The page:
Friday, June 12, 2020
Within the Octave of Corpus Christi
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We are currently in the Octave of Corpus Christi, another casualty in 1955 that few people know of or spiritually celebrate anymore. Yet, in an interesting development, the Vatican has given quasi approval for priests to begin to celebrate this Octave again. Dr. Peter Kwasniewski explains in a Facebook Post published yesterday: "The 2020 Ordo for the Usus Antiquior, published by the Congregation for the Doctrine of the Faith, says quite plainly that the Octave of Corpus Christi may be observed. (Incidentally, it also says that the Preface of the Nativity may be used.) It doesn't explain HOW it is it to be observed, but probably assumes that anyone who is competent to read these rubrics in Latin can figure out from an old missal what to do."

Brief History of Octaves:

By the 8th century, Rome had developed liturgical octaves not only for Easter, Pentecost, and Christmas but also for the Epiphany and the feast of the dedication of a church.

After 1568, when Pope Pius V reduced the number of octaves (since by then they had grown considerably), the number of Octaves was still plentiful.  Octaves were classified into several types. Easter and Pentecost had "specially privileged" octaves, during which no other feast whatsoever could be celebrated. Christmas, Epiphany, and Corpus Christi had "privileged" octaves, during which certain highly ranked feasts might be celebrated. The octaves of other feasts allowed even more feasts to be celebrated.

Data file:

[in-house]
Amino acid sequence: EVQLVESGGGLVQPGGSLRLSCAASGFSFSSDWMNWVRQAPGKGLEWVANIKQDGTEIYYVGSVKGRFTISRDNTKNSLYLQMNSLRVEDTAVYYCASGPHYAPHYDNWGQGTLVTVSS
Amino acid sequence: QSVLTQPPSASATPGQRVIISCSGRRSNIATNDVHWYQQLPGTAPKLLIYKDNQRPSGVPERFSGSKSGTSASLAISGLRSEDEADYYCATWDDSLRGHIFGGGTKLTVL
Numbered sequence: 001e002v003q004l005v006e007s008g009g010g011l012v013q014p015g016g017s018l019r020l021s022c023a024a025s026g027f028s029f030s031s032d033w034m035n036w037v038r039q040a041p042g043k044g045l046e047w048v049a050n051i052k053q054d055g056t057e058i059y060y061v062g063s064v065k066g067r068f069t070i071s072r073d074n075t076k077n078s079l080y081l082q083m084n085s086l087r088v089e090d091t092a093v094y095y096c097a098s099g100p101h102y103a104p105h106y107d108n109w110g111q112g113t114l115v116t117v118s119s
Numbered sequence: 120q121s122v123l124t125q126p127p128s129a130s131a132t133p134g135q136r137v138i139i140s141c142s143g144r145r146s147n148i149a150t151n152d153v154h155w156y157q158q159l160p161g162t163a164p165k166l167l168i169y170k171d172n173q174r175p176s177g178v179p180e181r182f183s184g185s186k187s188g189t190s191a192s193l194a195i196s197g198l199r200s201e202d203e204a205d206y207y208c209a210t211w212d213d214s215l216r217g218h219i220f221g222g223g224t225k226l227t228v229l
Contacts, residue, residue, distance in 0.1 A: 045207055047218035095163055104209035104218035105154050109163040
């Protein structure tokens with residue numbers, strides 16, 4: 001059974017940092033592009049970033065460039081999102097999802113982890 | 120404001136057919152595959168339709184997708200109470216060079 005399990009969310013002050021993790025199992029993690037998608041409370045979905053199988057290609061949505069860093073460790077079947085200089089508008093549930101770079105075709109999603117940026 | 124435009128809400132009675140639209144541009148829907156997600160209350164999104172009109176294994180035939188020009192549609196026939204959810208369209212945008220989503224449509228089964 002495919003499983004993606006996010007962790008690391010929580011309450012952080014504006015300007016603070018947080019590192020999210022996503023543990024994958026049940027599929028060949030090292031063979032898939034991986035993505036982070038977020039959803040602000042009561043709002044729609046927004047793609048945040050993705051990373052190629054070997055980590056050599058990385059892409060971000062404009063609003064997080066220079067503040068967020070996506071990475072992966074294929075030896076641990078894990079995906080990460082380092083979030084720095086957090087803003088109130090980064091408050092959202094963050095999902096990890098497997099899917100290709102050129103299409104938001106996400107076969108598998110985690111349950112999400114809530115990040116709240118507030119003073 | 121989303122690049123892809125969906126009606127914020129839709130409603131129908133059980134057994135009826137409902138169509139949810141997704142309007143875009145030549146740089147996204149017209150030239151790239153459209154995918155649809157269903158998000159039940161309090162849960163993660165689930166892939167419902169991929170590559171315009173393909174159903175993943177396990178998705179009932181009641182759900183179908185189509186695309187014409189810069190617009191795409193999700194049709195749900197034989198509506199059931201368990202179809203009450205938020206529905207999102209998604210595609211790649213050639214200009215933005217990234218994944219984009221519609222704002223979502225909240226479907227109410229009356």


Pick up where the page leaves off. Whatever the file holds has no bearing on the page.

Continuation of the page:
To reduce the repetition of the same liturgy for several days, Pope Leo XIII and Pope St. Pius X made further distinctions, classifying octaves into three primary types: privileged octaves, common octaves, and simple octaves. Privileged octaves were arranged in a hierarchy of first, second, and third orders. For the first half of the 20th century, octaves were ranked in the following manner, which affected holding other celebrations within their timeframes:
  • Privileged Octaves
    • Privileged Octaves of the First Order
      • Octave of Easter
      • Octave of Pentecost
    • Privileged Octaves of the Second Order
      • Octave of Epiphany
      • Octave of Corpus Christi
    • Privileged Octaves of the Third Order
      • Octave of Christmas
      • Octave of the Ascension
      • Octave of the Sacred Heart
  • Common Octaves
    • Octave of the Immaculate Conception of the BVM
    • Octave of the Solemnity of St. Joseph
    • Octave of the Nativity of St. John the Baptist
    • Octave of Saints Peter and Paul
    • Octave of All Saints
    • Octave of the Assumption of the BVM
  • Simple Octaves
    • Octave of St. Stephen
    • Octave of St. John the Apostle
    • Octave of the Holy Innocents 
The Octave of Corpus Christi is a privileged octave of the second order. This means that no other feast may be celebrated during the Octave except for Doubles of the First Class. All other feasts are either transferred to after the octave or reduced to commemorations.

Traditional Catholics still attached to the pre-1955 Missal will be familiar with the above list of Octaves. We can live out this forgotten Octave by adding to our daily prayers the Collect from Corpus Christi:

Collect:

O God, we possess a lasting memorial of Your Passion in this wondrous Sacrament. Grant that we may so venerate the mysteries of Your Body and Blood that we may always feel within ourselves the effects of Your redemption; who lives and rules with God the Father in the unity of the Holy Spirit, one God forever and ever.

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